WITNESSES have described seeing a male behaving suspiciously – dragging a wheelie bin through a cemetery in the days before a teaching assistant’s body was found there.

Preston Crown Court heard statements from several witnesses after a 17-year-old boy, who cannot be named for legal reasons, is alleged to have murdered teaching assistant Lindsay Birbeck in woods in Accrington before using a wheelie bin to move her body.

Lindsay’s body was found on August 24 in a makeshift grave at Accrington Cemetery.

Stephen Greenwood, who was working at a house in Burnley Road, Accrington, on August 17, said he saw a man, later identified to be the defendant, pulling a wheelie bin on the pavement towards the cemetery.

In a statement read out to court, Natalie Bartholomew, who had been out walking her dog with her partner, Nick Haworth, near their home in Burnley Road, said she noticed a man coming towards them, pulling a wheelie bin. The man stopped and let the couple go past.

Miss Bartholomew said she thought it was unusual for a man to be pulling a wheelie bin there and it seemed as if the bin was heavy.

Mr Haworth described the man pulling the wheelie bin as “shifty” as he kept his head down as they walked past.

The court heard another witness statement from Elaine Hewitt, who said they saw a man dragging the wheelie bin in Accrington Cemetery.

Ms Hewitt said she thought the man was going to dump litter.

The jury was told she watched the man sit on the bin for around five minutes, looking at some bushes near the railway track.

Ms Hewitt said the man had been struggling to move the bin.

When describing the man, she said he was looking down towards his phone and “acting suspiciously.”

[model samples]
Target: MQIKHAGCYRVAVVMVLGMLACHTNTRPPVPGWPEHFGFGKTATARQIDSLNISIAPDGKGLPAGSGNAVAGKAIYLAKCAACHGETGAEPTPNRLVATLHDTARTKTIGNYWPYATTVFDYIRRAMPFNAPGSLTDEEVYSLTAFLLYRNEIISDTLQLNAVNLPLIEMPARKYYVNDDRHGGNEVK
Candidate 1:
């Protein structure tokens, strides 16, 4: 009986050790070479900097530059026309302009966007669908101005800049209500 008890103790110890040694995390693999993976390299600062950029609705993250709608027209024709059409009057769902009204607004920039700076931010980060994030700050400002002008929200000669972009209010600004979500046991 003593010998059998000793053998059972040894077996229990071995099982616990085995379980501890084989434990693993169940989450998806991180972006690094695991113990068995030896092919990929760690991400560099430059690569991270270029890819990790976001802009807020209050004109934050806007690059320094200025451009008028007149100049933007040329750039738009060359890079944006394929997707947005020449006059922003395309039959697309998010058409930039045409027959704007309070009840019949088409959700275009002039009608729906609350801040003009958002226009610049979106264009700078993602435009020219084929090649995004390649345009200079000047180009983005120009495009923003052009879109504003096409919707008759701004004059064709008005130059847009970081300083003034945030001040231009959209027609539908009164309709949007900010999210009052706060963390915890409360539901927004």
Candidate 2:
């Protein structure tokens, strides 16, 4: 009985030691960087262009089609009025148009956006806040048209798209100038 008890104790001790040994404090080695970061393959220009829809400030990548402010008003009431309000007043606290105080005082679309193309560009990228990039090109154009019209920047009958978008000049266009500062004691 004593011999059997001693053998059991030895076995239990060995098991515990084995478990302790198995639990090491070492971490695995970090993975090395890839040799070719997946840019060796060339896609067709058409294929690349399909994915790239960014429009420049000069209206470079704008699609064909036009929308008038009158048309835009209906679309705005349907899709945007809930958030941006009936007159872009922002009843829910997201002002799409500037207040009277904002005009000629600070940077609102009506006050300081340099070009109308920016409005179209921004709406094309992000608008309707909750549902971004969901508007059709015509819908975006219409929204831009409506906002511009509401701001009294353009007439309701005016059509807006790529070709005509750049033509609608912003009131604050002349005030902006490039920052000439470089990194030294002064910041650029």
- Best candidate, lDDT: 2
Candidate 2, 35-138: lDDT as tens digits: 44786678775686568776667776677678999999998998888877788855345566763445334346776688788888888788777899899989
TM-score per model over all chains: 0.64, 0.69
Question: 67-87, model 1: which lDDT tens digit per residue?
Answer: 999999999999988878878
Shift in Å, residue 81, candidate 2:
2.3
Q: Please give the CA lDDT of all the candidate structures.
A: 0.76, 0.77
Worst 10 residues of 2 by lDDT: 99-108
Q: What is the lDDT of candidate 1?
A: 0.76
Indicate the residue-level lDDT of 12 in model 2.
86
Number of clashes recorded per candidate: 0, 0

With Ms Hewitt was Patricia Lee, whose statement said she was “gawping or glaring” at the man and thought he was “out of order” as she initially thought he was going to be dumping rubbish in the cemetery.

The court heard how Christine Alderson had been walking her dog with her daughter, Penny, in the cemetery on Sunday, August 18.

Ms Alderson spotted a bloodied tissue in the grass.

She described it as white, four or five inches long with not a lot of blood on it, but it was fresh.

The court heard she left the tissue, which looked like a long piece of toilet roll, where it was as she believed it belonged to a homeless person who had been spotted in the area before.

She also spotted flattened ground nearby which looked like “someone had walked through” and described it as “like a wheelie bin had been pulled through undergrowth.”

The court heard Daniel Westwell had found a blue wheelie bin in the cemetery while he was out searching for Lindsay on Monday, August 19, at around 8pm.

He said he found the bin in some bushes and it “smelled clean” and was “bright blue”.

CCTV footage was shown to the jury of the defendant walking over grass away from the area where Lindsay’s body was discovered on Tuesday, August 20, at around 2.30pm.

The court heard PC John Cuthbertson, a police dog handler, was tasked with searching the cemetery at 9.30am on the same day.

PC Cuthbertson said he discovered the wheelie bin during the search six metres from where Lindsay was eventually found.

A picture of a blue wheelie bin found in bushes was shown to the jury – the photo was taken by search volunteers Gemma Hudson, Leanne Singleton and Sarah Thistlethwaite at around 9pm on August 20.

The searchers rang the police and officers were called to the scene.

A police officer used a wet tissue to touch a brown smear, which had the appearance of mud, that was on the bin.

DS Bowler said there was no evidence to link the bin to Lindsay’s disappearance at that stage.

Jonathan Kell went searching with his dog, Oscar, on August 20.

The jury heard that after being let off his leash in the cemetery, Mr Kell noticed his dog had a patch of blood on his paw.

Following further inspection, he also had small speckles of blood on his stomach.

The statement read: “I started examining his paw but could not see an injury. He was not limping.

“I thought this was strange. When I felt around his paw he did not react to it.”

Patricia Stephenson had taken her dog to the cemetery between 8.30am and 9.15am on Wednesday, August 21, the jury heard.

She found a blue wheelie bin in some shrubbery.

In her statement, she said: “I panicked because I was aware of a missing lady. I have never seen one there before. I pulled my dog leash to walk off. I did not want to get closer.”

The jury heard the woman had walked around there the day before and had not spotted the bin, and she reported it to a cemetery worker.

The youth denies murder.